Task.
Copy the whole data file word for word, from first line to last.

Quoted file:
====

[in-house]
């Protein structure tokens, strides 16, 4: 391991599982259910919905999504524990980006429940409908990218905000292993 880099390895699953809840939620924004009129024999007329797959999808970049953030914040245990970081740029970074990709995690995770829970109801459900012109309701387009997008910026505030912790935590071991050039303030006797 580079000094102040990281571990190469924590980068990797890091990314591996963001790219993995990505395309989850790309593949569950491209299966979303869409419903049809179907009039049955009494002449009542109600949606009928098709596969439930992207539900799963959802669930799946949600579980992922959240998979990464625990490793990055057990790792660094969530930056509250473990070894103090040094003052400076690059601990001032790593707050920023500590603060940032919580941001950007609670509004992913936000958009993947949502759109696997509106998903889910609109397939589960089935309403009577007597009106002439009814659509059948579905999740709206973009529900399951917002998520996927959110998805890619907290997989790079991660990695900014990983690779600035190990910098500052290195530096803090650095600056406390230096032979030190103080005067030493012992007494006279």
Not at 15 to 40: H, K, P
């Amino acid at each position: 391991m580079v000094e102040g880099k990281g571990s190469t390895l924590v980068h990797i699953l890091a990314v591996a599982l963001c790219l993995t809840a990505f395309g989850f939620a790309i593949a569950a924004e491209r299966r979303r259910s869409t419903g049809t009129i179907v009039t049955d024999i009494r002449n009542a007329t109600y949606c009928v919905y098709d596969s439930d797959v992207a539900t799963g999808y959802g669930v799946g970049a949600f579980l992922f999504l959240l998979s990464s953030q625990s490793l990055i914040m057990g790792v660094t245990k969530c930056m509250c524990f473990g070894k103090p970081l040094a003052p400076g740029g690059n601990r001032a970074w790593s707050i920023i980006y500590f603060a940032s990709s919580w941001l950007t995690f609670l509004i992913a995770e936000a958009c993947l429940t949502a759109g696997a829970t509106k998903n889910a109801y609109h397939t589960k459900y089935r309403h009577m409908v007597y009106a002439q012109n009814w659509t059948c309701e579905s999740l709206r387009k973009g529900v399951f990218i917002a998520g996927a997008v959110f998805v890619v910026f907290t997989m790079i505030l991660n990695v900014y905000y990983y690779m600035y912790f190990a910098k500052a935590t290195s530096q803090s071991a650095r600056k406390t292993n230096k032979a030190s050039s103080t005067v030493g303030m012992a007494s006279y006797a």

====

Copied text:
[in-house]
């Protein structure tokens, strides 16, 4: 391991599982259910919905999504524990980006429940409908990218905000292993 880099390895699953809840939620924004009129024999007329797959999808970049953030914040245990970081740029970074990709995690995770829970109801459900012109309701387009997008910026505030912790935590071991050039303030006797 580079000094102040990281571990190469924590980068990797890091990314591996963001790219993995990505395309989850790309593949569950491209299966979303869409419903049809179907009039049955009494002449009542109600949606009928098709596969439930992207539900799963959802669930799946949600579980992922959240998979990464625990490793990055057990790792660094969530930056509250473990070894103090040094003052400076690059601990001032790593707050920023500590603060940032919580941001950007609670509004992913936000958009993947949502759109696997509106998903889910609109397939589960089935309403009577007597009106002439009814659509059948579905999740709206973009529900399951917002998520996927959110998805890619907290997989790079991660990695900014990983690779600035190990910098500052290195530096803090650095600056406390230096032979030190103080005067030493012992007494006279």
Not at 15 to 40: H, K, P
């Amino acid at each position: 391991m580079v000094e102040g880099k990281g571990s190469t390895l924590v980068h990797i699953l890091a990314v591996a599982l963001c790219l993995t809840a990505f395309g989850f939620a790309i593949a569950a924004e491209r299966r979303r259910s869409t419903g049809t009129i179907v009039t049955d024999i009494r002449n009542a007329t109600y949606c009928v919905y098709d596969s439930d797959v992207a539900t799963g999808y959802g669930v799946g970049a949600f579980l992922f999504l959240l998979s990464s953030q625990s490793l990055i914040m057990g790792v660094t245990k969530c930056m509250c524990f473990g070894k103090p970081l040094a003052p400076g740029g690059n601990r001032a970074w790593s707050i920023i980006y500590f603060a940032s990709s919580w941001l950007t995690f609670l509004i992913a995770e936000a958009c993947l429940t949502a759109g696997a829970t509106k998903n889910a109801y609109h397939t589960k459900y089935r309403h009577m409908v007597y009106a002439q012109n009814w659509t059948c309701e579905s999740l709206r387009k973009g529900v399951f990218i917002a998520g996927a997008v959110f998805v890619v910026f907290t997989m790079i505030l991660n990695v900014y905000y990983y690779m600035y912790f190990a910098k500052a935590t290195s530096q803090s071991a650095r600056k406390t292993n230096k032979a030190s050039s103080t005067v030493g303030m012992a007494s006279y006797a």